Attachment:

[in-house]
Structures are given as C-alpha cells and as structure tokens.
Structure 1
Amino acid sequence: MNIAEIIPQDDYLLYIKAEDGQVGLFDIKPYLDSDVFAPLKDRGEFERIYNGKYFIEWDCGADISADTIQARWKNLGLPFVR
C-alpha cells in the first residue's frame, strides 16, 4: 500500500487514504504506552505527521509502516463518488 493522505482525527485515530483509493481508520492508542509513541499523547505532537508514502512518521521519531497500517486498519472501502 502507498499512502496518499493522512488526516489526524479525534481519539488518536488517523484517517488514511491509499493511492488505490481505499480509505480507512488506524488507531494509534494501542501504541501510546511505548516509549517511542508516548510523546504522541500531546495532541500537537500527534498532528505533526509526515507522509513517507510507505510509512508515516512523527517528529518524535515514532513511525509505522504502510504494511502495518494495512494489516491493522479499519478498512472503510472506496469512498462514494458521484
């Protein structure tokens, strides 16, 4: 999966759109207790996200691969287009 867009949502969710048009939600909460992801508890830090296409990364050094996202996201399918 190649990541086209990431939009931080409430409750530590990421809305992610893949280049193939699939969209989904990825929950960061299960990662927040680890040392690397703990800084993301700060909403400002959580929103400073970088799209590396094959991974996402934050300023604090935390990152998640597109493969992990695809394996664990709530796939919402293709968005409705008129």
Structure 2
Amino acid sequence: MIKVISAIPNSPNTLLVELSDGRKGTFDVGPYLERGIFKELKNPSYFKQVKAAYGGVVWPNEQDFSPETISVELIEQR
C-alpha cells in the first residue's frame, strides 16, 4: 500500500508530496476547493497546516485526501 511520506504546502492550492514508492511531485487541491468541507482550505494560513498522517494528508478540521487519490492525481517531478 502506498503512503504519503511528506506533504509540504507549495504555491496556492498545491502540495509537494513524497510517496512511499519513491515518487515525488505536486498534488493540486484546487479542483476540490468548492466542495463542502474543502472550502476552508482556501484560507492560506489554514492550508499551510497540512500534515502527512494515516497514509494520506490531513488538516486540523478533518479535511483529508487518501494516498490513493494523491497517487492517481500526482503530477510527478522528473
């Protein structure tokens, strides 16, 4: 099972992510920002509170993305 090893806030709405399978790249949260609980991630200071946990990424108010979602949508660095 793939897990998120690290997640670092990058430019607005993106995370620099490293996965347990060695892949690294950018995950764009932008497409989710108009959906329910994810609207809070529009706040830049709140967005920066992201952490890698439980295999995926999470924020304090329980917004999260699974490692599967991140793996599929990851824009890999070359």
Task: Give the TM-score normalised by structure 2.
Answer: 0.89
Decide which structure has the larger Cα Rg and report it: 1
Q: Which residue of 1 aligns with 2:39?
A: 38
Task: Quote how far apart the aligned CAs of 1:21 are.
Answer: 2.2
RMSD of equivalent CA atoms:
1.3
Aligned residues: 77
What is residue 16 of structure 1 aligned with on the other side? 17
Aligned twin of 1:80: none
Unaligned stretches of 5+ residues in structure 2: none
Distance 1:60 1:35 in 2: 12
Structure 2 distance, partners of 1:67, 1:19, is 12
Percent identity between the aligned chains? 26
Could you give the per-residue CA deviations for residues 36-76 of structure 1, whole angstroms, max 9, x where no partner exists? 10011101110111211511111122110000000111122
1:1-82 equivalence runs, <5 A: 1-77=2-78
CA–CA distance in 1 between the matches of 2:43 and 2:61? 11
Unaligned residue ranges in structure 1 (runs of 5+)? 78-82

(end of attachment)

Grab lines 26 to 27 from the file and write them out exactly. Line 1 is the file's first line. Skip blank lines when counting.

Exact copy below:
Percent identity between the aligned chains? 26
Could you give the per-residue CA deviations for residues 36-76 of structure 1, whole angstroms, max 9, x where no partner exists? 10011101110111211511111122110000000111122